Advanced search

Me or nursery?

(33 Posts)
Saz12 Fri 13-Feb-15 20:45:08

My perfectly-intelligent-but-definitely-not-exceptional PFB DD started nursery about 8 months ago; she goes 2 days a week. She'll start school until Aug 2016.
DD likes to try and draw latters, which nursery has encouraged. IMO she is nowhere near ready (she can barely draw a face / house/ triangle/ whatever). She has learned to draw shapes which to her represent letters - eg a lollipop for "e", 3 dots for a "w", etc. Nursery has a jotter for her to copy letters out into, with her writing the same letter again and again down the page, just like my 1970's primary school did. She is 3 years old.

I've told nursery that I think she's way too young to be doing this at all, and am really unhappy that she has learned to do things wrongly. Nursery assure me they are experts at early years education and should leave them to it.

Your verdict?

Passmethecrisps Fri 13-Feb-15 20:47:08

I would see it as practicing fine motor control and embracing her enthusiasm. The alternative is they don't let her do it or ignore her efforts.

I am fairly certain she will develop the proper ways of doing it and won't get stuck at this level

Gileswithachainsaw Fri 13-Feb-15 20:47:26



sounds crap. Dd charges about playing with whatever she wants at nursery.

Passmethecrisps Fri 13-Feb-15 20:49:22

Oh hang on. I presumed that the jotter had been provided to allow dd to engage in the letters because she wants to. If she chooses to do this and it makes her happy - leave it be. If she is being expected to sit and copy out letters then YANBU

Gileswithachainsaw Fri 13-Feb-15 20:49:47

encouragement is one thing. A book for her to copy in over and over again is another.

Littlefish Fri 13-Feb-15 20:50:08

That sounds awful. If they want to develop her fine motor skills, there are a million different (and fun) ways of doing it that are far more appropriate for nursery aged children.

Sn00p4d Fri 13-Feb-15 20:50:38

I'd imagine they're doing it because she's shown an interest in it rather than enforcing it in any way, jotter or not she would find something to write on as she's clearly interested in letter formation so they can't really stop her. Likewise trying to get her to draw things you see as more age appropriate isn't going to work if it's letters she finds interesting. At 3 any representations of letters aren't really something to worry about, if she wants to try overwriting then it would be better in theory as she'll be learning the correct shapes but that might not be the bit she's interested in.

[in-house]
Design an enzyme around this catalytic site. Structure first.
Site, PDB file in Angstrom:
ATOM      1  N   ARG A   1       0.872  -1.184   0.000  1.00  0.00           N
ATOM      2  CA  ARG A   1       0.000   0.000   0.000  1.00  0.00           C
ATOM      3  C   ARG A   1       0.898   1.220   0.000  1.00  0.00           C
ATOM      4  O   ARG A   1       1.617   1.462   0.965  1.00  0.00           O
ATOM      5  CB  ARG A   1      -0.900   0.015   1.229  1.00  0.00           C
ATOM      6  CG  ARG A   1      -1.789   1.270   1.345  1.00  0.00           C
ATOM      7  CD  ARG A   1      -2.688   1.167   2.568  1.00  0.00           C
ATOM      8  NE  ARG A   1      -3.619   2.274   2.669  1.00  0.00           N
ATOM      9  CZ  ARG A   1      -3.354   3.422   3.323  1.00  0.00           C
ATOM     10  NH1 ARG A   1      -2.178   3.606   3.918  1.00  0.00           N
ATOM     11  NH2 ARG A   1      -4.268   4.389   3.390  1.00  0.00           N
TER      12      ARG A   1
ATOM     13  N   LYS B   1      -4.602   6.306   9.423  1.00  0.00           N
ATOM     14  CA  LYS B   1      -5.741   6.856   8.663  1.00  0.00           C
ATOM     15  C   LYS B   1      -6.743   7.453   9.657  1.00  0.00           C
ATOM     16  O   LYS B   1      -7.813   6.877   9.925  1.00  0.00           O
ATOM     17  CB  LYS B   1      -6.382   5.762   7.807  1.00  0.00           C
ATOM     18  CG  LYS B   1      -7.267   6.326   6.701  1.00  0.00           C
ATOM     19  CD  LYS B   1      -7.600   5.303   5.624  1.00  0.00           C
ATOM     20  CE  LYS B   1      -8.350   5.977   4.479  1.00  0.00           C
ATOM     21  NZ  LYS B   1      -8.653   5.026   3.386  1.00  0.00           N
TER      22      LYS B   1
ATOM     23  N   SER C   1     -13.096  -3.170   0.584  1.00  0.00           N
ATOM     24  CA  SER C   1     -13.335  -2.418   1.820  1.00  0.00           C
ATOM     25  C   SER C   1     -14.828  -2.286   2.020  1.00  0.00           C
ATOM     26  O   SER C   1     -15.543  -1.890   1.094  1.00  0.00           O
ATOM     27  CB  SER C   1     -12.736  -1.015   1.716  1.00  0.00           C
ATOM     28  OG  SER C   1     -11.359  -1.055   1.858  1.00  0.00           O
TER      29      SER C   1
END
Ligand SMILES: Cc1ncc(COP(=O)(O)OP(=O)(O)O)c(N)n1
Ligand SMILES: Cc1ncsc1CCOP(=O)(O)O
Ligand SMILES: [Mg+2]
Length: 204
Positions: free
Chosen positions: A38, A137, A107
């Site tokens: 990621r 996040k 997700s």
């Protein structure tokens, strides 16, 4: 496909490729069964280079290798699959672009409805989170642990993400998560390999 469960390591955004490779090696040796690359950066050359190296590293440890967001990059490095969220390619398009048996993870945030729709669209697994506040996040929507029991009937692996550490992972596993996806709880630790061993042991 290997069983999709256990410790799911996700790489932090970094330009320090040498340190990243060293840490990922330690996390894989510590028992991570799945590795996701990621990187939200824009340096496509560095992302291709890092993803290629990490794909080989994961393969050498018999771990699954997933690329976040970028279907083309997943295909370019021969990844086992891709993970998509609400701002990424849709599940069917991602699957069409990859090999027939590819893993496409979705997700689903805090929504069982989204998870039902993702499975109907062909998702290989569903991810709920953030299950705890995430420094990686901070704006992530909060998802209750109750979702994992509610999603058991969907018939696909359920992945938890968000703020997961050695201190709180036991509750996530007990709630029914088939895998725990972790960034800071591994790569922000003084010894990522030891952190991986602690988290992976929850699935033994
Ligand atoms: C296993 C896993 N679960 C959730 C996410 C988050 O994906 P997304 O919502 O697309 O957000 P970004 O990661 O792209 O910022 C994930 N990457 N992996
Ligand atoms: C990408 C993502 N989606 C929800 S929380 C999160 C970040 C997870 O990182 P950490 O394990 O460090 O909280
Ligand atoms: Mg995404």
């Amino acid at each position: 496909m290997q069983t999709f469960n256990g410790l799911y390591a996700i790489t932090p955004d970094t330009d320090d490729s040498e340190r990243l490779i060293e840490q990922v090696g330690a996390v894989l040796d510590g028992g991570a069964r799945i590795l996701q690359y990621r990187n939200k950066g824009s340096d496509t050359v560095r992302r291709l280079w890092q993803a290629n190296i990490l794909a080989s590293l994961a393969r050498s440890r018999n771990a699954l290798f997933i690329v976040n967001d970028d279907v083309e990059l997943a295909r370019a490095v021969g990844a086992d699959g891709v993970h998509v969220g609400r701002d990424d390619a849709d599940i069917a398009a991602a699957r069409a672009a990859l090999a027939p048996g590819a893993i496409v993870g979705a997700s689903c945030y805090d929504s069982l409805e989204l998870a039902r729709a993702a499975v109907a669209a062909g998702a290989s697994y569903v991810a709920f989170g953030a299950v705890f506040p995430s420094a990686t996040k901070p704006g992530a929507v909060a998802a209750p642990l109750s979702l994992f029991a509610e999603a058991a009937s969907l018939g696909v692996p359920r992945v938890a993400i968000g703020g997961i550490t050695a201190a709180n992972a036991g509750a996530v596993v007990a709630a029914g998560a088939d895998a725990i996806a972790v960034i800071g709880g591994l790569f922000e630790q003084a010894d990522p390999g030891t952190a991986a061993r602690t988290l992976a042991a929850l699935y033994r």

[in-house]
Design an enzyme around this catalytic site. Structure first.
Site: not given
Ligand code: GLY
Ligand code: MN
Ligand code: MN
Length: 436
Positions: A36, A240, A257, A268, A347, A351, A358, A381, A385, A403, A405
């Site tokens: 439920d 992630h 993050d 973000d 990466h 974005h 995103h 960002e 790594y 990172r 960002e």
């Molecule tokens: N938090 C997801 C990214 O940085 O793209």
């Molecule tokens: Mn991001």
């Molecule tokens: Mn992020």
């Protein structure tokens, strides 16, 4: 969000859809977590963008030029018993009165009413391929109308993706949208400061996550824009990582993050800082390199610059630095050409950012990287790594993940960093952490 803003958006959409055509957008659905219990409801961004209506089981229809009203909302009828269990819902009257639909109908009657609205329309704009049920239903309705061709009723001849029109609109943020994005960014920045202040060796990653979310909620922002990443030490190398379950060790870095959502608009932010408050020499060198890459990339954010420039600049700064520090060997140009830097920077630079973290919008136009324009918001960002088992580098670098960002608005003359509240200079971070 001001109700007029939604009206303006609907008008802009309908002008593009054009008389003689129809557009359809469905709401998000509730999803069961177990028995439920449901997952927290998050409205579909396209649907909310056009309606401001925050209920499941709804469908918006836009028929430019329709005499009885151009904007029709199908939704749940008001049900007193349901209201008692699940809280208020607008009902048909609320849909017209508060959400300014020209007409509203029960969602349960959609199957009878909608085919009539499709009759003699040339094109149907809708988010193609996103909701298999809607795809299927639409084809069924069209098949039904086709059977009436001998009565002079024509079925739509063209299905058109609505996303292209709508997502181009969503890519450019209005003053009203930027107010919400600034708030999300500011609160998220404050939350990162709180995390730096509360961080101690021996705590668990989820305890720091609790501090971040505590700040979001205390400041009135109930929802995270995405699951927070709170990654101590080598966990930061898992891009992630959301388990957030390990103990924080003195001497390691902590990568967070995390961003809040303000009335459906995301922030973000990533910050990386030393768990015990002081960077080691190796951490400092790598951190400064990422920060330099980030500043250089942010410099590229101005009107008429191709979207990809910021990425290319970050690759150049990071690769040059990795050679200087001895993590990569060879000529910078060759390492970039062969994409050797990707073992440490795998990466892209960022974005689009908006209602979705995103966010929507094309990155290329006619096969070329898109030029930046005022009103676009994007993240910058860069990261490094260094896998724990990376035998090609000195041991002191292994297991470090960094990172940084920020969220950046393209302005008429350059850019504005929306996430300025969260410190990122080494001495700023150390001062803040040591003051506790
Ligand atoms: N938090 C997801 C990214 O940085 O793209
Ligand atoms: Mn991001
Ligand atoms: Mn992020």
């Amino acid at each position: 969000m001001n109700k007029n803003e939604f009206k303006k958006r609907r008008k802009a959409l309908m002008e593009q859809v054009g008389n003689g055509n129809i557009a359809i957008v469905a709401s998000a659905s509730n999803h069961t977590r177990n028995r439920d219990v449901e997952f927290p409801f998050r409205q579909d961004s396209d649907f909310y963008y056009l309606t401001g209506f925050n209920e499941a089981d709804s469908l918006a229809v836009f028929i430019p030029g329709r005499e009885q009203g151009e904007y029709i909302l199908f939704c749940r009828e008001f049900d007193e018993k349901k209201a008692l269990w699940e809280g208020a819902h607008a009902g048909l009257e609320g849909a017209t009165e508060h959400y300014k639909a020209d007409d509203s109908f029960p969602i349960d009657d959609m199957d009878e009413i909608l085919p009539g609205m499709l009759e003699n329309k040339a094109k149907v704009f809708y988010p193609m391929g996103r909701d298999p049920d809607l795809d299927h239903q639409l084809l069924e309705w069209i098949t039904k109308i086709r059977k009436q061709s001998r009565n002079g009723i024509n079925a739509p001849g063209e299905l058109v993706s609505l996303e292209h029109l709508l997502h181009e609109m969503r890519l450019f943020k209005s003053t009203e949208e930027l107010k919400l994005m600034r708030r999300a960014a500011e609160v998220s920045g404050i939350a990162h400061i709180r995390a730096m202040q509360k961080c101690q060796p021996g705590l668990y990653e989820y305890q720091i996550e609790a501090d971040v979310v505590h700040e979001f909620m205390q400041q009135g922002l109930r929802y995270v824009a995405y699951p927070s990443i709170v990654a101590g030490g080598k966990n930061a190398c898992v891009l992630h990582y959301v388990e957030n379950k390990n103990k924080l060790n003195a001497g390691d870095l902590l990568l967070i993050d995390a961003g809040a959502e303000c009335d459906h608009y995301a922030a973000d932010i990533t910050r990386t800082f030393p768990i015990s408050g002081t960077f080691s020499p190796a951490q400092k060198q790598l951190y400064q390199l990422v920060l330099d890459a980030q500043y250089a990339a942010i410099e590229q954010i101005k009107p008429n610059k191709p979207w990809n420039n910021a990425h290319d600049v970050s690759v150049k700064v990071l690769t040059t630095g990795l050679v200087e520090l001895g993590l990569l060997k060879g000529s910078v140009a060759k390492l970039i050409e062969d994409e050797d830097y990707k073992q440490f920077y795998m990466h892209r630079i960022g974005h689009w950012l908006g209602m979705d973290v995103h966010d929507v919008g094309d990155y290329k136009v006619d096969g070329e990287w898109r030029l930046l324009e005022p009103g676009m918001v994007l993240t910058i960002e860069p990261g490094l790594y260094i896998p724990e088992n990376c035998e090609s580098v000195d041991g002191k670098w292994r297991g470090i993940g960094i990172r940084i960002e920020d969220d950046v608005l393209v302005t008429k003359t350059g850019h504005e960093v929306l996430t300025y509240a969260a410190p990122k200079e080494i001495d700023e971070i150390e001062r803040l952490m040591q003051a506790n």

It's not going to cause any lasting damage and I really wouldn't worry about it, if anything it's good they're giving her the resources to extend something she's interested in, shows they're paying attention to what she's actually doing during the session.

MrsTawdry Fri 13-Feb-15 20:51:44

I think you sound incredibly precious. What do you think will happen through this? confused

caravanista13 Fri 13-Feb-15 20:53:48

YANBU! There are so many exciting creative ways to develop fine motor control and letter formation, but pages of copying definitely isn't one of them!

WD41 Fri 13-Feb-15 20:54:47

What? Your DD enjoys making marks with a pencil, nursery encourage this and you have a problem with it?


Purplepoodle Fri 13-Feb-15 20:56:08

Surely they are not forcing her just providing materials for her to if she wants to do it. You said yourself she likes to do it.

PrettyFeet Fri 13-Feb-15 20:57:05

Is it a montessori structured nursery? That is rather renound for this type of ridiculous.

Im sure they aren't "pressurising" her though.

These things tend to be for the "parents" benefit and to show "how productive their nursery is" rather than what actually goes on.

At that age they have the concentration of a gnat.. and rightly so grin

Lazaretto Fri 13-Feb-15 20:58:35

If she wants to do it...let her. As long as she does other things too.

PrettyFeet Fri 13-Feb-15 20:58:48

Oh and the fine motor skills of a gruffalo grin

Lazaretto Fri 13-Feb-15 20:59:46

It really doesn't matter if she does it wrong. It's about encouraging her natural motivation to learn.